Legislators work on final bills of session
CHARLESTON — On the final day of what will be known as a historic session, the West Virginia Legislature worked well into the night to pass the final bills of the 2018 session.
All agreed the atmosphere Saturday was different than past final days, mainly due to the passage of the state’s budget by 1 p.m. For more than 30 years, the Legislature has had to go into an extended session in order to pass a budget, including last year when the session extended into June.
The budget, which Gov. Jim Justice said in a tweet he would sign as soon as it hits his desk, includes a 5 percent across-the-board pay raise for state employees, $29 million to fund the Public Employees Insurance Agency and $14 million for the retirement program. There are no changes to single line items from last fiscal year and no funds are taken from the Rainy Day fund.
The passage of the budget bill was followed by the back and forth of conference committees and the passage of several other bills. Following is a summary of what passed:
Work requirements for SNAP on way to passage
After some back and forth between the House and the Senate and two conference committees, the Legislature was on its way to passing House Bill 4001, which will implement work requirements for some West Virginians to be eligible for Supplemental Nutrition Assistance Program, or SNAP, benefits.
Should it be signed by the governor, the bill will require able-bodied adults without dependents between the ages of 18 and 49 work, participate in a work program or volunteer for at least 20 hours a week to be eligible for SNAP.
The bill provides exemptions, amended in conference committee to be in accordance to federal law.
These include those responsible for the care of a child or incapacitated household member; medically certified as physically or mentally unfit for employment; pregnant; or those already exempt from the general SNAP work requirements.
The Senate had amended the bill to remove the 2021 deadline for the West Virginia Department of Health and Human Resources to stop seeking the federal waiver to the requirement statewide, but as part of the conference compromise, that deadline was moved up to 2022. The bill does require DHHR report to the Legislature on the impact of the work requirement by 2020 with recommendations, and future legislative bodies could change that deadline or remove it altogether.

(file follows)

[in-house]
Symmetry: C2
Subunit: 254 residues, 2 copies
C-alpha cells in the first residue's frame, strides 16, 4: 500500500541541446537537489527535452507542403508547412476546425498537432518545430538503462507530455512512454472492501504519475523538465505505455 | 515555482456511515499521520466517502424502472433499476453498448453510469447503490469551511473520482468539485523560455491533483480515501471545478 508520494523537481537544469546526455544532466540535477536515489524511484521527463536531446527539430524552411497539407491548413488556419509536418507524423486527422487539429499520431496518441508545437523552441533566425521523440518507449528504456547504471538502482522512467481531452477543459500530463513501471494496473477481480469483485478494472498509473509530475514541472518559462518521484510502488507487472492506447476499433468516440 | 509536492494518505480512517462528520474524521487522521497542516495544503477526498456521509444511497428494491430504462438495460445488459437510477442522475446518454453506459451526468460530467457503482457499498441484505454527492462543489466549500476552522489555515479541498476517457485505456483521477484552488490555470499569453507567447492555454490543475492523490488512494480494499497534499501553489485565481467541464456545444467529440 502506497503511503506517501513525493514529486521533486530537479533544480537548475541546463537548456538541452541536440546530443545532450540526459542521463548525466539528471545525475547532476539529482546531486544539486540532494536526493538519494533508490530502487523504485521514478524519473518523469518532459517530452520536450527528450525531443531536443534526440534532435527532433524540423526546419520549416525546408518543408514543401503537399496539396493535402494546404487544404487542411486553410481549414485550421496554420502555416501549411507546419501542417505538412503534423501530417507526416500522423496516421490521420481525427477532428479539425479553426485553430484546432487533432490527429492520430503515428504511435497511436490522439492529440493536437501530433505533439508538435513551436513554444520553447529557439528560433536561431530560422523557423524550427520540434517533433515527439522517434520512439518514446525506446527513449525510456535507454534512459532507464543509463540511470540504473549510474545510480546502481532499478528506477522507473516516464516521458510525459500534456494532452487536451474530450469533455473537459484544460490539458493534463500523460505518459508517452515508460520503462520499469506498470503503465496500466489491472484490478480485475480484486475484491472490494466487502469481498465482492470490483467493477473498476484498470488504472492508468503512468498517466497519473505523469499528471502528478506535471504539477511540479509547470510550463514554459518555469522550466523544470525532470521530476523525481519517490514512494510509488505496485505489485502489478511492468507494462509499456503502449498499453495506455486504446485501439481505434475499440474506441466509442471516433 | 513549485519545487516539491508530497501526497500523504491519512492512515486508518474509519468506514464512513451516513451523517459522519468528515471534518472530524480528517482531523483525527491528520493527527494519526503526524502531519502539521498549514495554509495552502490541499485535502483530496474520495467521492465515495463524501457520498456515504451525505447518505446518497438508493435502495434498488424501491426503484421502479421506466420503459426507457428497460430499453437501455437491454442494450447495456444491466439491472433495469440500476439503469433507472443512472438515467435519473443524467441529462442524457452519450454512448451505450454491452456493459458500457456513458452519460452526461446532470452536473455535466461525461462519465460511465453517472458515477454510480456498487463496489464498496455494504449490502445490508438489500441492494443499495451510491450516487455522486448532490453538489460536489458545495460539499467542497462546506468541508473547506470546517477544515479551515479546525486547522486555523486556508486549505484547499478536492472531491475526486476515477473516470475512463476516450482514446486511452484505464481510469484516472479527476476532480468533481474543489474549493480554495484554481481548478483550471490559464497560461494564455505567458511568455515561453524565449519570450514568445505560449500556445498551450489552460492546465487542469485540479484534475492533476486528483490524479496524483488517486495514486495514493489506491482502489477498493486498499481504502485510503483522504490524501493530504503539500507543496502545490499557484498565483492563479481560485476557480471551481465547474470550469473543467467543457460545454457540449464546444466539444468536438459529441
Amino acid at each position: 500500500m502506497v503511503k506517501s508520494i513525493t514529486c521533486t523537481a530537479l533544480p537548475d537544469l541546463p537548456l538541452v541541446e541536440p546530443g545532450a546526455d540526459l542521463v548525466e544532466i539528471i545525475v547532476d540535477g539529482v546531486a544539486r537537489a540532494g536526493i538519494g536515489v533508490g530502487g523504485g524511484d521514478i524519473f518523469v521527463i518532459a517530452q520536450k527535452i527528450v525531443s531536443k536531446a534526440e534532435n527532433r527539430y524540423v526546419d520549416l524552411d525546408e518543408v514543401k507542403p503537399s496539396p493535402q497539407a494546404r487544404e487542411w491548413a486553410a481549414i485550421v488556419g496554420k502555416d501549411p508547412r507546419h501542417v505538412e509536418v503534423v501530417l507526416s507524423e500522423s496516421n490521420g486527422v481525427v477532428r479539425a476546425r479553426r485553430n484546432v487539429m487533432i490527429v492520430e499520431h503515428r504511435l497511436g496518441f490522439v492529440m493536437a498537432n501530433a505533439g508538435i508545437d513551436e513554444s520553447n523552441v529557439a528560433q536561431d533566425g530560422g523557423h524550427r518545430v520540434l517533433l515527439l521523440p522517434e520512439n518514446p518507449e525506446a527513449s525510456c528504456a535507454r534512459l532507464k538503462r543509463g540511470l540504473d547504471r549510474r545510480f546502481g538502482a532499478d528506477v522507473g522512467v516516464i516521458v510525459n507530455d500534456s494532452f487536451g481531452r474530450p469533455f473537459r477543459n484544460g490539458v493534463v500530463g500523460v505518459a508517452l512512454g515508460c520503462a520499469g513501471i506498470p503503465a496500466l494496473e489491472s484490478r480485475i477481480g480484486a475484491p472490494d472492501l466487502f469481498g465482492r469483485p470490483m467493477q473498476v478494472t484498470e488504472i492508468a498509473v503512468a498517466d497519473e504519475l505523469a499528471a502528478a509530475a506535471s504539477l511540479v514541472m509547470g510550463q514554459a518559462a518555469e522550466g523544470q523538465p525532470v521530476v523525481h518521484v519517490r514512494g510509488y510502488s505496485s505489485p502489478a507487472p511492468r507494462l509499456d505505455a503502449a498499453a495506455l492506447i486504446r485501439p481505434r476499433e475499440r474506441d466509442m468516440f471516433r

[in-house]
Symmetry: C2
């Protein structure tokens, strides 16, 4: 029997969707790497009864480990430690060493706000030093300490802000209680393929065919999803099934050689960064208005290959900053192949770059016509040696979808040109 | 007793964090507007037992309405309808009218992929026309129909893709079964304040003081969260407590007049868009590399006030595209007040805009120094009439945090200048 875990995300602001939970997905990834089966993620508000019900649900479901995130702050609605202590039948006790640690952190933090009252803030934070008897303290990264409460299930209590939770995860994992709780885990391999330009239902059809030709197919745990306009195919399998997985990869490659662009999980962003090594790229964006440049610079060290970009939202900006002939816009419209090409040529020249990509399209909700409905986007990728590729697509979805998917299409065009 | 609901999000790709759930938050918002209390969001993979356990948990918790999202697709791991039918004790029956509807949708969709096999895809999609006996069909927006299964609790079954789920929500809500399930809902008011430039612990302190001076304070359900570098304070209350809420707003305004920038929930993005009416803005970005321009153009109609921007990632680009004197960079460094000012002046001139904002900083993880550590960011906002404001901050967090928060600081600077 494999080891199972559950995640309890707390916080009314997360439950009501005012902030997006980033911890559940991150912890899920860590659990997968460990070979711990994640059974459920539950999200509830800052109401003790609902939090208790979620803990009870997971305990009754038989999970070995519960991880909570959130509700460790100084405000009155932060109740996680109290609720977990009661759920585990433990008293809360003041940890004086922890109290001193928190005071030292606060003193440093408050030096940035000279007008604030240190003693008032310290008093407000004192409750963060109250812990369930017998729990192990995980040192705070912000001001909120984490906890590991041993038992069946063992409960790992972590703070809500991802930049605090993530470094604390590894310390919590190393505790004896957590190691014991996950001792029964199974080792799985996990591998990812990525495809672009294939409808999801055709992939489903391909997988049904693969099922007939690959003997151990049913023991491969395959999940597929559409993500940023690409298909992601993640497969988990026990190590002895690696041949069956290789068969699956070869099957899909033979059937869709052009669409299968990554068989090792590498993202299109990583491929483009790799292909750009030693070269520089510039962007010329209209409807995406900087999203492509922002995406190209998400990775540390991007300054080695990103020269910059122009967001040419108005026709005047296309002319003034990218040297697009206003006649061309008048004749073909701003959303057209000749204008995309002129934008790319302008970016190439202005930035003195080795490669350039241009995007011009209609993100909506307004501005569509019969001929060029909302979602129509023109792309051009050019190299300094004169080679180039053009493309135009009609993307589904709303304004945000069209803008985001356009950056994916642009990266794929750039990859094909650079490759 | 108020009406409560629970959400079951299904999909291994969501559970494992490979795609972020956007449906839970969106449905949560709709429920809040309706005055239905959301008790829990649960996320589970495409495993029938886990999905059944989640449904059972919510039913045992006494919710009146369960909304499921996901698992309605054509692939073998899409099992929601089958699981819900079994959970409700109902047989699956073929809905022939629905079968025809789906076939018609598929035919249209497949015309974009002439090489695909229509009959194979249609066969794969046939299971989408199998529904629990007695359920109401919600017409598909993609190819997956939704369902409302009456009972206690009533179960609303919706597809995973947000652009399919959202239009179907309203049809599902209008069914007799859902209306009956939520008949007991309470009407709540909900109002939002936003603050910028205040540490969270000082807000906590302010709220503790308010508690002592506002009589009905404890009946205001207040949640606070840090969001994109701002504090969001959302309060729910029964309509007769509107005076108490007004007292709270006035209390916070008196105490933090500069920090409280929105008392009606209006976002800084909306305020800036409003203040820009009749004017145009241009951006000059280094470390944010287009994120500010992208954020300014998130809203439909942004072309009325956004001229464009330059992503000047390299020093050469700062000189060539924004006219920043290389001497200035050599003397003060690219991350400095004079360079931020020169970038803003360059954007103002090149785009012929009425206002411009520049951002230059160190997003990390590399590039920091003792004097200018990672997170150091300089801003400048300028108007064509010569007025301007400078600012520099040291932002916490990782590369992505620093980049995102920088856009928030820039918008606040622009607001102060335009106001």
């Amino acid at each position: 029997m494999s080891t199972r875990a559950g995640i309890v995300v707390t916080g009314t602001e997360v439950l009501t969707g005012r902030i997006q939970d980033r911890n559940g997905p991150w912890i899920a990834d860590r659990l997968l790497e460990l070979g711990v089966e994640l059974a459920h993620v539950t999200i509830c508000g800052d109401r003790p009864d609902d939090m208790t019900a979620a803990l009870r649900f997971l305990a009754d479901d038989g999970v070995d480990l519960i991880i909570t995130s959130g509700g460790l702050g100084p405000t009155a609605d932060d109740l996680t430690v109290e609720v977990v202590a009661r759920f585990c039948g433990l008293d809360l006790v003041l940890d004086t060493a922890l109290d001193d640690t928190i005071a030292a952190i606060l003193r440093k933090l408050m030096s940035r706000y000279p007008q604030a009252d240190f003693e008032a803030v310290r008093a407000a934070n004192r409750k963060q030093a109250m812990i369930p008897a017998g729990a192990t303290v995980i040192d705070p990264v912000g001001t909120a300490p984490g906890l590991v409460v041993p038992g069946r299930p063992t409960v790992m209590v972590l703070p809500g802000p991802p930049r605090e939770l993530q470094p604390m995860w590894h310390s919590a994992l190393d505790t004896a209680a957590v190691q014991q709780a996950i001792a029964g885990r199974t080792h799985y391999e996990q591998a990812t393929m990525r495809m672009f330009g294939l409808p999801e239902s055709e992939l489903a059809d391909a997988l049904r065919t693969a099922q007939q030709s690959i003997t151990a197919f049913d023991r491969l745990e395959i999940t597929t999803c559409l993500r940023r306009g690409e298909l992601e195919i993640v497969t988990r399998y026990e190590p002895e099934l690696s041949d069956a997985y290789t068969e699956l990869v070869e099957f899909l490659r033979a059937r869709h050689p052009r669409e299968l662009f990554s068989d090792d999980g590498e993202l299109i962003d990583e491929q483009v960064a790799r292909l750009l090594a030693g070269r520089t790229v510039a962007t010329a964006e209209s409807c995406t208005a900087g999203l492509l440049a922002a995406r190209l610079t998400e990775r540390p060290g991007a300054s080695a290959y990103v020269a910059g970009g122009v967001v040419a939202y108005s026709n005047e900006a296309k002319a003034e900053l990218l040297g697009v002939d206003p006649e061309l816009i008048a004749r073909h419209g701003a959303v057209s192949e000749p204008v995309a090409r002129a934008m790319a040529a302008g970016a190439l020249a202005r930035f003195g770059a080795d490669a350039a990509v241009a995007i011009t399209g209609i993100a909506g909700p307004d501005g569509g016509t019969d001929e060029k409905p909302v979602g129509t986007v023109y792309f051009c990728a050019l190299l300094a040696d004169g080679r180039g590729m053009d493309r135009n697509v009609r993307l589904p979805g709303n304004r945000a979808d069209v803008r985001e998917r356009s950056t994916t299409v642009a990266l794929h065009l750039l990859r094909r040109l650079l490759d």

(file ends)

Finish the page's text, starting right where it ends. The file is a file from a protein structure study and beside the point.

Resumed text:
Along with the work requirements, the bill expands DHHR’s ability to investigate fraud and abuse of the program, along with allowing the department to track out-of-state spending.
As of press time Saturday night, the conference report had been passed by the House but was awaiting Senate consideration.
Medical marijuana bill left in question
As of press time Saturday night, the House had yet to pick up a bill relating to medical marijuana, which was passed last session.
The bill was amended by the Senate on Saturday evening, removing an earlier Senate Judiciary Committee amendment.
The new version of the amendment allows the Bureau of Public Health to study the benefit of the leaf form of marijuana for medical use, along with reducing the number of dispensaries allowed from 100 to 50. It also removes the reduction of criminal punishments for possession of marijuana.
Bill to dismantle Department of Education in the Arts passes
Justice said in a tweet he will seriously consider a bill to dismantle to Department of Education and the Arts before he signs it.
House Bill 4006 will transfer the agencies under the department’s direction to the state Department of Education and state Department of Commerce.
The agencies and programs affected include the Center for Professional Development, the Division of Culture and History, the Division of Rehabilitation Services, Energy Express, the Governor’s Schools, Special Olympics and Volunteer West Virginia.
The House Democrats have a petition out urging Justice to veto the bill because they say there is too much uncertainty regarding the fate of some of those programs.